NZ business confidence rockets to 20-year high, lifting jobs, profits, investment

Shamubeel Eaqub, principal economist at NZIER

New Zealand business confidence climbed to a 20-year high in the fourth quarter, lifting expectations for profits, hiring and investments, and raising the prospects for inflation to start to accelerate.

A net 52 percent of businesses were optimistic in the December quarter, seasonally adjusted, the highest since June 1994 and up from 33 percent three months earlier, which was itself the highest in more than three years, according to the New Zealand Institute of Economic Research's Quarterly Survey of Business Opinion.

Domestic trading activity, which is closely aligned with economic growth, climbed to the strongest since March 2005, with a seasonally adjusted net 15 percent of firms experiencing a pickup in their own activity. Expectations for the coming quarter rose to 32 percent from 24 percent.

"This quarter every region in our survey was doing better," said Shamubeel Eaqub, principal economist at NZIER. "Until recently much of the recovery was concentrated in Canterbury. This has now broadened to most regions across New Zealand, which points towards a more sustainable and stable recovery."

The survey comes as economists bet the central bank will raise interest rates in the first quarter, lifting the official cash rate from a record low 2.5 percent to cool inflation pressures in what some economists have called a 'rock star economy'.

Those that lifted hiring in the latest quarter rose to a net 7 percent from 1 percent, while for the coming quarter hiring intentions slipped to 12 percent from 17 percent. Those reporting ease in finding labour deteriorated to -30 percent from -29 percent for skilled workers and worsened to -10 percent from -5 percent for unskilled workers. Much of the pressure is in Canterbury.

The long-run average is -16 percent for skilled labour and a net 15 percent for unskilled.

The survey was taken before Dec. 15, meaning it hasn't captured the pickup in retail activity over the peak Christmas-New Year period, though merchants still reported the strongest retail sales since September 2002, with those reporting higher sales jumping to 20 percent from 2 percent while orders placed over seas rose to 18 percent from 5 percent.

Price pressure remained relatively subdued, Eaqub said. Those reporting a rise in average costs slipped to a net 21 percent from 22 percent and expectations for the coming quarter fell to 18 percent from 26 percent. At the same time, those reporting a rise in selling prices rose to 10 percent from 8 percent and for the coming quarter held steady at 24 percent.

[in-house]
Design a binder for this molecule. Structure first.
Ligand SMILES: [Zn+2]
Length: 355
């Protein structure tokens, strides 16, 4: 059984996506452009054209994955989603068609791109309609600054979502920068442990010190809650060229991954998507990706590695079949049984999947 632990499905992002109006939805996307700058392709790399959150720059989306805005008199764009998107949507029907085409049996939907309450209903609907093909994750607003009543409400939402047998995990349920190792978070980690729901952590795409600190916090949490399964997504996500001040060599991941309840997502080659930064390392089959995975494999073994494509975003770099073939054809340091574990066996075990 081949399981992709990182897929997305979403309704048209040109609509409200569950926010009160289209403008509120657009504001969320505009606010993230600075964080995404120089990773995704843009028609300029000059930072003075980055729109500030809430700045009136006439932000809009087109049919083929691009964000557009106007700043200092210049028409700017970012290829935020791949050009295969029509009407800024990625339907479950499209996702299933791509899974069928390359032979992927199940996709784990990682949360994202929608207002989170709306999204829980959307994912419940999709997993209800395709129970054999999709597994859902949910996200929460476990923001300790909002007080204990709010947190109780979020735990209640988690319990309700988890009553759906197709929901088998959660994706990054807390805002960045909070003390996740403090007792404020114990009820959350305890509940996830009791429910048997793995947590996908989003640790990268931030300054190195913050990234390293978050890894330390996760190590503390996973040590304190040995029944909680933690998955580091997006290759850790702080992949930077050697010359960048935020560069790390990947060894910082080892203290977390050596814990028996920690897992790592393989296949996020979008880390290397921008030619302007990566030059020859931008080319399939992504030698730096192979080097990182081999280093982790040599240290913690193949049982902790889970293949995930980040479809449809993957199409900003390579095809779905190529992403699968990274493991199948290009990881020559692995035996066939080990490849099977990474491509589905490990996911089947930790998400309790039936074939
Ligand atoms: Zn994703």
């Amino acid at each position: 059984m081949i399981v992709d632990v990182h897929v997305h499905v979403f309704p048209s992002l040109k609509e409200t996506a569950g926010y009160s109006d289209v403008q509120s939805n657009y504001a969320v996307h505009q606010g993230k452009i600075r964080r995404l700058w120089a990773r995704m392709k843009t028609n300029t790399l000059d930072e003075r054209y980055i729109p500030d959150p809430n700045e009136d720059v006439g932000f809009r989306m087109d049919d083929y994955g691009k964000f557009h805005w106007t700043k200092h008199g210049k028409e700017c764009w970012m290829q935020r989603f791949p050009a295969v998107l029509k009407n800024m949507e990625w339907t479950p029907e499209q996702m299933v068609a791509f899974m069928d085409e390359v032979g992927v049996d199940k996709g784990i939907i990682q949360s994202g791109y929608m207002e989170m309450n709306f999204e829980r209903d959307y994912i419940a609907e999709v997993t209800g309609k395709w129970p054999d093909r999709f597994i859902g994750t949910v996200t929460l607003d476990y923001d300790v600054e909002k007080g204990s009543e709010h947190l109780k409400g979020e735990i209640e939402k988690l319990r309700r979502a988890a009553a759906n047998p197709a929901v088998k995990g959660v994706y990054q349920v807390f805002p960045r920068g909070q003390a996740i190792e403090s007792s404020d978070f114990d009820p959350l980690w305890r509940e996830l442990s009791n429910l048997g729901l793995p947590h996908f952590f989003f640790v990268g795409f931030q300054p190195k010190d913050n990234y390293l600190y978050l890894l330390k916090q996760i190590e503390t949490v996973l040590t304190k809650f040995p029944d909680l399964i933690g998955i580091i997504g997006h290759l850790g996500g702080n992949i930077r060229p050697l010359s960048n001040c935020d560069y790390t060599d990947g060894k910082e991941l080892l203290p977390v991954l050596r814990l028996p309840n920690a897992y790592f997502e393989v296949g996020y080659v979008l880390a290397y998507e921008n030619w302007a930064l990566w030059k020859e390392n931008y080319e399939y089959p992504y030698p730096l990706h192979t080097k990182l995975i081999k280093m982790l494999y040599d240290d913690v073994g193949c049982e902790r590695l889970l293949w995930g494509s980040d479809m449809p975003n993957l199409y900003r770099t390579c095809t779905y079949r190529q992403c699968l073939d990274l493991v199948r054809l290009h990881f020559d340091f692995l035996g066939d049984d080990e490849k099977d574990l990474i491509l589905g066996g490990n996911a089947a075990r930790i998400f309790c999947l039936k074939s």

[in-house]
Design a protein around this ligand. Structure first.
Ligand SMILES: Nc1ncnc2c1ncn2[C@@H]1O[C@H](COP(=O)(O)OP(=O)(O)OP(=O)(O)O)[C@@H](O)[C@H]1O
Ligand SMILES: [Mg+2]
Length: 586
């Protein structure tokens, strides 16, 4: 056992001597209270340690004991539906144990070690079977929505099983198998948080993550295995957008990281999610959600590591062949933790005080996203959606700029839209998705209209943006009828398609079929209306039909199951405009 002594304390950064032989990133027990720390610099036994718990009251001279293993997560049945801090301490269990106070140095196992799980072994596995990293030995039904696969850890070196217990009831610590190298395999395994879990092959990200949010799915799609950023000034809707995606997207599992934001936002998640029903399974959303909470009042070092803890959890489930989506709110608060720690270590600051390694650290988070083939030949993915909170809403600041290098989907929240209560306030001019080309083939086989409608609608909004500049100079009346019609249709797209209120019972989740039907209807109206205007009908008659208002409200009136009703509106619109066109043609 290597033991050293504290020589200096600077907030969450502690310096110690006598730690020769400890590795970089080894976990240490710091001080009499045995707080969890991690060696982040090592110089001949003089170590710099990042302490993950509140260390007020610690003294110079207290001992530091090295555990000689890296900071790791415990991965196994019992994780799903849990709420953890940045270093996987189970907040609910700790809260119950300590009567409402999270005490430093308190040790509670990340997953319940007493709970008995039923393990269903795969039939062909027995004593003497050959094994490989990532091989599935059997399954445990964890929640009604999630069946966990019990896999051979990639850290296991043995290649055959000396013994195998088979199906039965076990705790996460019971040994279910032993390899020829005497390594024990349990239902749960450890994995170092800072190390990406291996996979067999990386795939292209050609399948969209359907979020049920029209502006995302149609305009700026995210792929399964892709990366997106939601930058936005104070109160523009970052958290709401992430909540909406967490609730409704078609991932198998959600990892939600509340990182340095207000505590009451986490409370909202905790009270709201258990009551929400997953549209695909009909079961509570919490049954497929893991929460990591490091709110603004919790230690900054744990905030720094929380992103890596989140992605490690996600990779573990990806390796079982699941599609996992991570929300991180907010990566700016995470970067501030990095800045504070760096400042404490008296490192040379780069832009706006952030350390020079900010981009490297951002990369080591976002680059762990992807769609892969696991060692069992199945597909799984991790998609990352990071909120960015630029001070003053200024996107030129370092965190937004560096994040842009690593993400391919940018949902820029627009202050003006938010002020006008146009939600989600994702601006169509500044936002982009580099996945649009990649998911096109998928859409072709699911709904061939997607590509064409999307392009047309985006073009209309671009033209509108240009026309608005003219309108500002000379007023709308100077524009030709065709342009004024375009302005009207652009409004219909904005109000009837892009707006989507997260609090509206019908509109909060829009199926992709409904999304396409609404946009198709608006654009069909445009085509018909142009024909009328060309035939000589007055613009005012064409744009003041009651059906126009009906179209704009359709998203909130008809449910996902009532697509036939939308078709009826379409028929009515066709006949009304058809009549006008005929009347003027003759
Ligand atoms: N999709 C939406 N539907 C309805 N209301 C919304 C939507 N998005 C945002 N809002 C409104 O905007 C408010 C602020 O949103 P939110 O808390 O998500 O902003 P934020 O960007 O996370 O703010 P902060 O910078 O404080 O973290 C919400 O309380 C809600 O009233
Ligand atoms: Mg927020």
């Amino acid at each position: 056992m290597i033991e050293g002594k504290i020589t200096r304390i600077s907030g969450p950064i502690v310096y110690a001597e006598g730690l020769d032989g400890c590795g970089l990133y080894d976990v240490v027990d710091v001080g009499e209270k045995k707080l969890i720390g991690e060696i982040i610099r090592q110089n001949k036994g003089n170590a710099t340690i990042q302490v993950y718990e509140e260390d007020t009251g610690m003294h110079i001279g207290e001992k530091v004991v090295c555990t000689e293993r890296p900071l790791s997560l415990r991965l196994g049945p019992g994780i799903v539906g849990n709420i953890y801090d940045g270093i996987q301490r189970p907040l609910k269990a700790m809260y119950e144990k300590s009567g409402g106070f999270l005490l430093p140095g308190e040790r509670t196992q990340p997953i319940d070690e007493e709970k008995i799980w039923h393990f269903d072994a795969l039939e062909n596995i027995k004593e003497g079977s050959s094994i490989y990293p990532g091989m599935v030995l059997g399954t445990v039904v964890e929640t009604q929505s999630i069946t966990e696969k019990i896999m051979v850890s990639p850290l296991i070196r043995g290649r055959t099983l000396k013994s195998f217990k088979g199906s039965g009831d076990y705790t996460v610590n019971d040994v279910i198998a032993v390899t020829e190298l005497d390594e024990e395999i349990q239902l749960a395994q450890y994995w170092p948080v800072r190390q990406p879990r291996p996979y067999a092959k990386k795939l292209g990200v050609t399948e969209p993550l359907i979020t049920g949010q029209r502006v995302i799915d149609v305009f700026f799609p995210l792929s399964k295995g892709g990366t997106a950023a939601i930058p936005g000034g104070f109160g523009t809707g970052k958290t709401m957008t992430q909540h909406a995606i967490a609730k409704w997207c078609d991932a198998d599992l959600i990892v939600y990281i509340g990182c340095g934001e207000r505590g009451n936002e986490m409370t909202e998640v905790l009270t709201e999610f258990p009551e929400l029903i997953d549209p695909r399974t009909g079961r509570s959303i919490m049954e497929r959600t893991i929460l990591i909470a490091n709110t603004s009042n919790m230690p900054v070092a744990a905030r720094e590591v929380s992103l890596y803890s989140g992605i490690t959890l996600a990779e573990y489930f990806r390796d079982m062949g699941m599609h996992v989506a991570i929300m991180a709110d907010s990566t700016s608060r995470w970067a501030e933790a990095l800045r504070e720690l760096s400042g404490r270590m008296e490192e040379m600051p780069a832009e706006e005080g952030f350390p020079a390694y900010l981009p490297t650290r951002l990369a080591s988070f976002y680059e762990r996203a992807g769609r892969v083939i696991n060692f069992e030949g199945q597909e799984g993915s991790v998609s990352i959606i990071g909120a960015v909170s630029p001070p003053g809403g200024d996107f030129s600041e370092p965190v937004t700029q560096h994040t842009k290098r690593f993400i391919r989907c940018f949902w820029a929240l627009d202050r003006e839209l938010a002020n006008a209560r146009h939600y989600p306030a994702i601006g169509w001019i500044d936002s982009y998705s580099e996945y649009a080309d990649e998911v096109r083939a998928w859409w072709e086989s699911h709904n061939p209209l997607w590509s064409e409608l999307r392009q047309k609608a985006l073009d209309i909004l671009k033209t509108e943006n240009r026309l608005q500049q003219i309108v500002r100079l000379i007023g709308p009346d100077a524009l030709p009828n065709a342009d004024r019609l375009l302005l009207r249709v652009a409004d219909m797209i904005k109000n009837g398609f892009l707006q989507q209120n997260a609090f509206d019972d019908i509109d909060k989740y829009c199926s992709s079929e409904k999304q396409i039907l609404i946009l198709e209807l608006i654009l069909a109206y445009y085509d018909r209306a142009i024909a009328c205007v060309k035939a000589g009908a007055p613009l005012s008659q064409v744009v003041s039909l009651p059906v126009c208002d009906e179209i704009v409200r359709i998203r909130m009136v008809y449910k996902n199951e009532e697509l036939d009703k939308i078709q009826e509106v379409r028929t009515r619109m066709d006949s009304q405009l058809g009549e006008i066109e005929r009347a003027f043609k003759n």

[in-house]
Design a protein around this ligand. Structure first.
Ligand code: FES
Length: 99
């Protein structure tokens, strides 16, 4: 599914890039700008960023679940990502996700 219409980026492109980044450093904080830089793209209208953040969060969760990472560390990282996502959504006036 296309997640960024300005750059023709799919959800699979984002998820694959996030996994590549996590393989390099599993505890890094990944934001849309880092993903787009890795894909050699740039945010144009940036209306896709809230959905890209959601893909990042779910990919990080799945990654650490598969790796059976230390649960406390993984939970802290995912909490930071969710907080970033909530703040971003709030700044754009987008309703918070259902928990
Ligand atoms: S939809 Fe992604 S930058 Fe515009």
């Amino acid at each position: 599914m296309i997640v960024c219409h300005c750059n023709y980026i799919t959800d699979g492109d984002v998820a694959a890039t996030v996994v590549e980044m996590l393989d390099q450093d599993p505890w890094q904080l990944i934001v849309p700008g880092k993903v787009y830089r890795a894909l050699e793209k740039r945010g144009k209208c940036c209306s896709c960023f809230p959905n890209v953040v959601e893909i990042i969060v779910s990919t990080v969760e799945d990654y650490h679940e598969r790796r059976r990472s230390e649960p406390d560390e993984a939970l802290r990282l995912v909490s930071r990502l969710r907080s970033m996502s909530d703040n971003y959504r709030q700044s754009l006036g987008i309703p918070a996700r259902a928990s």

"Firms intend to raise prices in coming quarters due to increasing capacity pressures and strengthening economic growth," Eaqub said. "Capacity constraints are most pronounced in Canterbury, but are starting to emerge in other regions too."

Capacity utilisation slipped to 90.2 percent from 91 percent three months earlier, while those seeing capacity constraint climbed to 12.7 percent from 10.8 percent.

Those seeing profit growth turned positive, just in the latest quarter, at a net 1 percent from -8 percent in the third quarter. For the coming quarter, a net 16 percent saw profit growth from 12 percent three months earlier.

Investment intentions for buildings rose to a net 7 percent from 3 percent and on plant and machinery those planning to invest more jumped to 18 percent from 8 percent.

(BusinessDesk)

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In unrelated news: Deadbeat Communist confidence hits a 20 year low.

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This reported optimism, and this weeks Economist article championing 'Asset Sales' just isn't going to do Cunliffe or Normans cause any good at all; thank goodness.

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Or any harm either. They and their ilk thrive on drumming up envy of the succesful, and ignoring fact.

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The Economist championing asset sales is like crack dealers arguing for decriminalisation of drugs.

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I'm not at all opposed to asset sales under the right circumstances (though I think ours were poorly handled), but that article was an incredibly poor piece of writing. Anyone on the left would be quite right to rubbish it in this case, just as anyone on the right would rubbish a similarly poor article from the left.

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ok so now is a good time to ask for a pay rise?

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How can the average Kiwi possibly look forward to the economy improving if all it means is higher interest rates and substantially higher household overheads... better to stay in a recession.

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Anon - can you kindly delay the request for pay increase until say after election or in 2020 ? And promise you won't be having any babies in the interim !

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